This is the latest in a growing body of case law that suggests the Courts are reluctant to invoke Article 8 ECHR rights in the context of an employment relationship. However, these cases always turn on the specific facts and employers should not assume that Article 8 rights will never be engaged. In addition, despite the outcome in this instance, employers should be cautious about taking decisions based on material received from external authorities. It is noteworthy, for example, that the EAT failed to consider the legitimacy of the police action in passing documents from their investigation on to the employer.

6.Morgan v Royal Mencap Society

Employment Appeal Tribunal decision on what constitutes "in the public interest" in order for a disclosure to be protected and thus bring an employee within the ambit of whistleblower protection.


The Claimant complained to her employer about working in cramped conditions that were adversely affecting her knee, which she had previously injured. She later resigned after her issues were not addressed and brought a number of claims, including that she had been automatically (and constructively) unfairly dismissed and subjected to detriments, on the basis that such complaints about health and safety were protected disclosures.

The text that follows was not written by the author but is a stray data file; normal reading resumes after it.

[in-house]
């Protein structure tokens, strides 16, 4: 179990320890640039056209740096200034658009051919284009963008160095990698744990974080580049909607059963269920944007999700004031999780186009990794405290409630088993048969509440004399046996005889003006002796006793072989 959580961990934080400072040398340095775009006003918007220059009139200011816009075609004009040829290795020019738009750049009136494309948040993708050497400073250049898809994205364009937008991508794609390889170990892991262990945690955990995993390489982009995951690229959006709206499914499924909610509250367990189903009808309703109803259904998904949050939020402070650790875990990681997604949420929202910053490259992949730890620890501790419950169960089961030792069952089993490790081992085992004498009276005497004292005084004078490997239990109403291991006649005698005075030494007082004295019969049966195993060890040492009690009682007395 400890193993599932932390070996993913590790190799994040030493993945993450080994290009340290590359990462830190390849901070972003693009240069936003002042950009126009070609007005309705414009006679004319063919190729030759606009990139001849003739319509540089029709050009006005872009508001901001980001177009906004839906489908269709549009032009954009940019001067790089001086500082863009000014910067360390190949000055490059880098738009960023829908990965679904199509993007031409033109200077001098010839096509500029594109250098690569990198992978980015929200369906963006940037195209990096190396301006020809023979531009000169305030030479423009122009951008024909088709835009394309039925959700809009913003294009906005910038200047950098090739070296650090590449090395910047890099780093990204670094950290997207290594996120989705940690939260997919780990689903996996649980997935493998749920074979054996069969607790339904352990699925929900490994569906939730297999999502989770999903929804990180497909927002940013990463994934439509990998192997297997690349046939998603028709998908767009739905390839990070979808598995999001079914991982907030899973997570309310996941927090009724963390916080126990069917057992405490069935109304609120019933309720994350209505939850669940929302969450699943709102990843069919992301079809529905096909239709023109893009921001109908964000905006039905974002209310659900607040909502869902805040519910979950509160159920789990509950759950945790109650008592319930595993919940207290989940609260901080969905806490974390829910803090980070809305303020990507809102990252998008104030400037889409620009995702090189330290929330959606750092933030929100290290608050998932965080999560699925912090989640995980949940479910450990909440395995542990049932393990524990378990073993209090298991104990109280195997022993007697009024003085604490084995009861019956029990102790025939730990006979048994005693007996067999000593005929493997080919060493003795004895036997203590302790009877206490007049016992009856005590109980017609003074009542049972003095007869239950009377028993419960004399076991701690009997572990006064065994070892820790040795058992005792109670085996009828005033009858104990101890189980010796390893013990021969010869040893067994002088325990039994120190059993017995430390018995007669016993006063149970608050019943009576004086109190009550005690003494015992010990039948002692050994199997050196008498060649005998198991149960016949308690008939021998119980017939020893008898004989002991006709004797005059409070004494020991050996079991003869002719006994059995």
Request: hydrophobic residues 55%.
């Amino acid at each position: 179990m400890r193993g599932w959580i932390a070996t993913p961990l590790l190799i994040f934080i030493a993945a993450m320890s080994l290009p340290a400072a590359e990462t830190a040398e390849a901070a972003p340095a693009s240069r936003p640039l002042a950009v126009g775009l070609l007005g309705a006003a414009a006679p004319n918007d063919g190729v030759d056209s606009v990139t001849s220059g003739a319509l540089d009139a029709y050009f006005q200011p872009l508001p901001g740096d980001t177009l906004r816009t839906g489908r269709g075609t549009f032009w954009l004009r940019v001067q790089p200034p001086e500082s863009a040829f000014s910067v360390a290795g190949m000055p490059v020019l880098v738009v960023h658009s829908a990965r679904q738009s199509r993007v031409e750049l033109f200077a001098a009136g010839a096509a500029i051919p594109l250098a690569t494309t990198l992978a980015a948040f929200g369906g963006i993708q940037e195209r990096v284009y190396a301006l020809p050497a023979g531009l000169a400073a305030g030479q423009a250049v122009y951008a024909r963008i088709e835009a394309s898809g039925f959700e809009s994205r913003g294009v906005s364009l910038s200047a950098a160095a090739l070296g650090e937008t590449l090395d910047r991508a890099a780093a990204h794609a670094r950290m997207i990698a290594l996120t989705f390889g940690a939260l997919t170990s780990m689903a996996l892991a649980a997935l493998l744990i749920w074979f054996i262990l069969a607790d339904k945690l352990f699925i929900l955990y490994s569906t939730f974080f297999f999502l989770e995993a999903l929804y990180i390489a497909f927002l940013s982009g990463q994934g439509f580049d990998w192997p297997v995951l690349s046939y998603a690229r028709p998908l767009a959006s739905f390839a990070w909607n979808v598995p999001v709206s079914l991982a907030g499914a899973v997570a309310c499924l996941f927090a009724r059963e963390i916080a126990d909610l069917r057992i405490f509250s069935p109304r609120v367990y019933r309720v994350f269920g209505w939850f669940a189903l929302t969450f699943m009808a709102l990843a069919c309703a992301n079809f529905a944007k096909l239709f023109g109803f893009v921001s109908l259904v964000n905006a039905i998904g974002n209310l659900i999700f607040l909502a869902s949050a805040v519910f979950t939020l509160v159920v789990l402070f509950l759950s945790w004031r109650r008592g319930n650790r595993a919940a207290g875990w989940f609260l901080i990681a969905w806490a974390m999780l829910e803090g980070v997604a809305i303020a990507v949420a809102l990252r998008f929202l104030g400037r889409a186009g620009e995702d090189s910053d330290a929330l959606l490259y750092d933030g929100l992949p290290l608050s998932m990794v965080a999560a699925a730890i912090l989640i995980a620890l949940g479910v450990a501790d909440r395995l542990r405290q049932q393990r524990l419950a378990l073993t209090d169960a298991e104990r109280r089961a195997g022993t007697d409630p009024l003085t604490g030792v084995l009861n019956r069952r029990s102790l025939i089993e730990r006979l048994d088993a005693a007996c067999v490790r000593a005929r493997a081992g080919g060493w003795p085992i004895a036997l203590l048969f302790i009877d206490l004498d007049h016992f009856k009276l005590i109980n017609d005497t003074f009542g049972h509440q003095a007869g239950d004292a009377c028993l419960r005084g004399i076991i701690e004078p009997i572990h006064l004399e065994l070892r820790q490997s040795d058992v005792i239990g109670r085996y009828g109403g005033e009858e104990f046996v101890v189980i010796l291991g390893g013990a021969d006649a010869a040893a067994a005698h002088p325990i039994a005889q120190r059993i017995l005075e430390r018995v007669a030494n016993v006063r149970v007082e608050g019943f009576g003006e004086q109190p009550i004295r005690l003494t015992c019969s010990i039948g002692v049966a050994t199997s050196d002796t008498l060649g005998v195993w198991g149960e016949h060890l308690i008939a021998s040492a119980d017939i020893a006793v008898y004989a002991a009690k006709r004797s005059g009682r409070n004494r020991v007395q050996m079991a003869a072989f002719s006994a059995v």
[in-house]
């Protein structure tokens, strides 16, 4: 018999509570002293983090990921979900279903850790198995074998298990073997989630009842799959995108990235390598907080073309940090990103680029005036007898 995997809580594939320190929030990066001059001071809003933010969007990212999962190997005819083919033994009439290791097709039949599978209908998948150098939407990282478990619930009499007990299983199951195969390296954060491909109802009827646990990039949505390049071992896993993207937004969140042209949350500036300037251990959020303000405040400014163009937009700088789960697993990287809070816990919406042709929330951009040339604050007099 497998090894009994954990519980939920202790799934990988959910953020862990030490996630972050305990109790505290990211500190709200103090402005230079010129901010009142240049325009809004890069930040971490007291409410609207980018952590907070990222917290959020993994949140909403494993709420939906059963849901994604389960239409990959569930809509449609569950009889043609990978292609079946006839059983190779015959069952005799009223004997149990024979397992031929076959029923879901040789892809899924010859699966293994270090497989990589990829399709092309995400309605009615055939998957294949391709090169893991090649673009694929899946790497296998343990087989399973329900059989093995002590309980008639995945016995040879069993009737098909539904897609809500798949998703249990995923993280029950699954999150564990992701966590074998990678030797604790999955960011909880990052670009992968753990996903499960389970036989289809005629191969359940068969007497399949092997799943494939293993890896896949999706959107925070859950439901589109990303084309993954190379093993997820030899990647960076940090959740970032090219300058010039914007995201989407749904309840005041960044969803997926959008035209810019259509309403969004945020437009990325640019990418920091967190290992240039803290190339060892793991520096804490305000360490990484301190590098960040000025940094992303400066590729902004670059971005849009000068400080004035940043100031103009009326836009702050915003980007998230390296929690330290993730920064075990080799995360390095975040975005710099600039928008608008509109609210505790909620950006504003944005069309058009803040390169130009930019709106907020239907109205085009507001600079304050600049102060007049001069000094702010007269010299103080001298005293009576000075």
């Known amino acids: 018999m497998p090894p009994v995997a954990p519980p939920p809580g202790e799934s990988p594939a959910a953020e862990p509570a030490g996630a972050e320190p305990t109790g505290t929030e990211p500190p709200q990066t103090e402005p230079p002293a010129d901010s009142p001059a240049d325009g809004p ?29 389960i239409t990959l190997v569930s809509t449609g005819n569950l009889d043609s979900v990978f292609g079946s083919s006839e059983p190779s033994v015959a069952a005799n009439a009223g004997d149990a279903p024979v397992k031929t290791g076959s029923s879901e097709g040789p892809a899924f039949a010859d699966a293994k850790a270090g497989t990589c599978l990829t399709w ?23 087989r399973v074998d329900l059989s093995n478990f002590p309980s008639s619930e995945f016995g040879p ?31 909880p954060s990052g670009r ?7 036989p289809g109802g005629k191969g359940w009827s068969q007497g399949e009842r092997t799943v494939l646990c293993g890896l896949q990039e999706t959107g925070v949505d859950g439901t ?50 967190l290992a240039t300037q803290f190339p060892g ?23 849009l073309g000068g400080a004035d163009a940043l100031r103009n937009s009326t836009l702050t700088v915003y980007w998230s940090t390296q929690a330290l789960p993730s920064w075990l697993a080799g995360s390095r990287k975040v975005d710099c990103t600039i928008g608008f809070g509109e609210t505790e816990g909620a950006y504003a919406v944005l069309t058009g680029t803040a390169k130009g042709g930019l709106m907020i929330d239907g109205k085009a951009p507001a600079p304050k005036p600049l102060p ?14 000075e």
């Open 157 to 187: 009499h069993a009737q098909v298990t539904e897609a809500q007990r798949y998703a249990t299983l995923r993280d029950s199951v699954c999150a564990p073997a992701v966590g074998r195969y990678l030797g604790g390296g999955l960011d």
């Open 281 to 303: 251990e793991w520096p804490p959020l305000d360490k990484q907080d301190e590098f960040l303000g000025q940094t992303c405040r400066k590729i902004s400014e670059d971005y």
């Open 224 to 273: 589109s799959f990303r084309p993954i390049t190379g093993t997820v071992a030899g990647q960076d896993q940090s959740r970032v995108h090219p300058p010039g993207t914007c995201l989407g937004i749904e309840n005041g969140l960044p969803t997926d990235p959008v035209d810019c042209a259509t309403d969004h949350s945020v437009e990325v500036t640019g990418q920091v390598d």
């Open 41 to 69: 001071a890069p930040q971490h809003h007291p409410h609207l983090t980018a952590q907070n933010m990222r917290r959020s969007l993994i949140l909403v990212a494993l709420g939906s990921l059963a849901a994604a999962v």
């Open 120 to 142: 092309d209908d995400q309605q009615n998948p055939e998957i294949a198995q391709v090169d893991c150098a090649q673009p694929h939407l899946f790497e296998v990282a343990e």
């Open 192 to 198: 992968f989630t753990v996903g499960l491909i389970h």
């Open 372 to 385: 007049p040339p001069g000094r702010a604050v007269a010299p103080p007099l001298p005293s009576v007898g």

The Claimant's case was struck out at a Preliminary Hearing on the basis that it had no reasonable prospect of success. The Judge observed that, although they were "of high order of relevance for the Claimant", disclosures about working conditions could not be matters of public interest in the Claimant's reasonable belief so as to constitute protected disclosures. The Claimant appealed to the EAT.


The EAT upheld the appeal on the grounds that it was reasonably arguable that an employee may - even where they are the principal person affected – consider health and safety complaints to be made in the wider interests of employees generally. The case was remitted back to the Employment Tribunal for the claim to be heard at a substantive hearing.


This decision is unhelpful for employers. Despite the intentions behind the re-drafting of the legislative test for what constitutes a protected disclosure, it suggests that the law has not changed significantly in practice since an employee's complaint or concern with regard to their own contract/working conditions is still capable of satisfying the public interest test.